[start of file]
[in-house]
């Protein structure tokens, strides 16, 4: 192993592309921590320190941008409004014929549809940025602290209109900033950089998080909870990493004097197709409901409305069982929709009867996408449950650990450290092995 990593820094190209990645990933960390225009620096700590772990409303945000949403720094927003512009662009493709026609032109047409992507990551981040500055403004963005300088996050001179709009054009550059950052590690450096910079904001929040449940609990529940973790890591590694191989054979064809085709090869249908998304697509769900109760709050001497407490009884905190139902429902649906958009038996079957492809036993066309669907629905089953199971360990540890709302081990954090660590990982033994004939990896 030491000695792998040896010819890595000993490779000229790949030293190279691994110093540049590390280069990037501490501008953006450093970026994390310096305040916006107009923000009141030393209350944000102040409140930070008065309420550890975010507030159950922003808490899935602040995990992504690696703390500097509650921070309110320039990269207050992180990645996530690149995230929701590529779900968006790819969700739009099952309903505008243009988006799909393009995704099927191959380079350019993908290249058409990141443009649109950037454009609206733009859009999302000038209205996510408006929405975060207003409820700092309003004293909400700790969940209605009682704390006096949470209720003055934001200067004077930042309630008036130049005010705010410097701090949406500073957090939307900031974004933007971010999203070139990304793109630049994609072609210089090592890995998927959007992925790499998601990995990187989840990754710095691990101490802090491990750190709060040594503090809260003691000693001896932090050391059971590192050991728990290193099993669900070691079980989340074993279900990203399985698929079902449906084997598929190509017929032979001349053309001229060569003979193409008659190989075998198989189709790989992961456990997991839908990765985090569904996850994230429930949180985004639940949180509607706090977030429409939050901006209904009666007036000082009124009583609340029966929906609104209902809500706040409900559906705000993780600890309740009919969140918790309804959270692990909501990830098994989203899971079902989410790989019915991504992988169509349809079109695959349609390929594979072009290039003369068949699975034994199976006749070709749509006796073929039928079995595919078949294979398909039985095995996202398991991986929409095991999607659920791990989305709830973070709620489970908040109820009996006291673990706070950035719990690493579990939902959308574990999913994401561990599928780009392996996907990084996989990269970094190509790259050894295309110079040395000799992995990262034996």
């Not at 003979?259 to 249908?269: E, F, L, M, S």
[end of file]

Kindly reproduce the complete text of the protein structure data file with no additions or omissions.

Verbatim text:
[in-house]
């Protein structure tokens, strides 16, 4: 192993592309921590320190941008409004014929549809940025602290209109900033950089998080909870990493004097197709409901409305069982929709009867996408449950650990450290092995 990593820094190209990645990933960390225009620096700590772990409303945000949403720094927003512009662009493709026609032109047409992507990551981040500055403004963005300088996050001179709009054009550059950052590690450096910079904001929040449940609990529940973790890591590694191989054979064809085709090869249908998304697509769900109760709050001497407490009884905190139902429902649906958009038996079957492809036993066309669907629905089953199971360990540890709302081990954090660590990982033994004939990896 030491000695792998040896010819890595000993490779000229790949030293190279691994110093540049590390280069990037501490501008953006450093970026994390310096305040916006107009923000009141030393209350944000102040409140930070008065309420550890975010507030159950922003808490899935602040995990992504690696703390500097509650921070309110320039990269207050992180990645996530690149995230929701590529779900968006790819969700739009099952309903505008243009988006799909393009995704099927191959380079350019993908290249058409990141443009649109950037454009609206733009859009999302000038209205996510408006929405975060207003409820700092309003004293909400700790969940209605009682704390006096949470209720003055934001200067004077930042309630008036130049005010705010410097701090949406500073957090939307900031974004933007971010999203070139990304793109630049994609072609210089090592890995998927959007992925790499998601990995990187989840990754710095691990101490802090491990750190709060040594503090809260003691000693001896932090050391059971590192050991728990290193099993669900070691079980989340074993279900990203399985698929079902449906084997598929190509017929032979001349053309001229060569003979193409008659190989075998198989189709790989992961456990997991839908990765985090569904996850994230429930949180985004639940949180509607706090977030429409939050901006209904009666007036000082009124009583609340029966929906609104209902809500706040409900559906705000993780600890309740009919969140918790309804959270692990909501990830098994989203899971079902989410790989019915991504992988169509349809079109695959349609390929594979072009290039003369068949699975034994199976006749070709749509006796073929039928079995595919078949294979398909039985095995996202398991991986929409095991999607659920791990989305709830973070709620489970908040109820009996006291673990706070950035719990690493579990939902959308574990999913994401561990599928780009392996996907990084996989990269970094190509790259050894295309110079040395000799992995990262034996």
């Not at 003979?259 to 249908?269: E, F, L, M, S």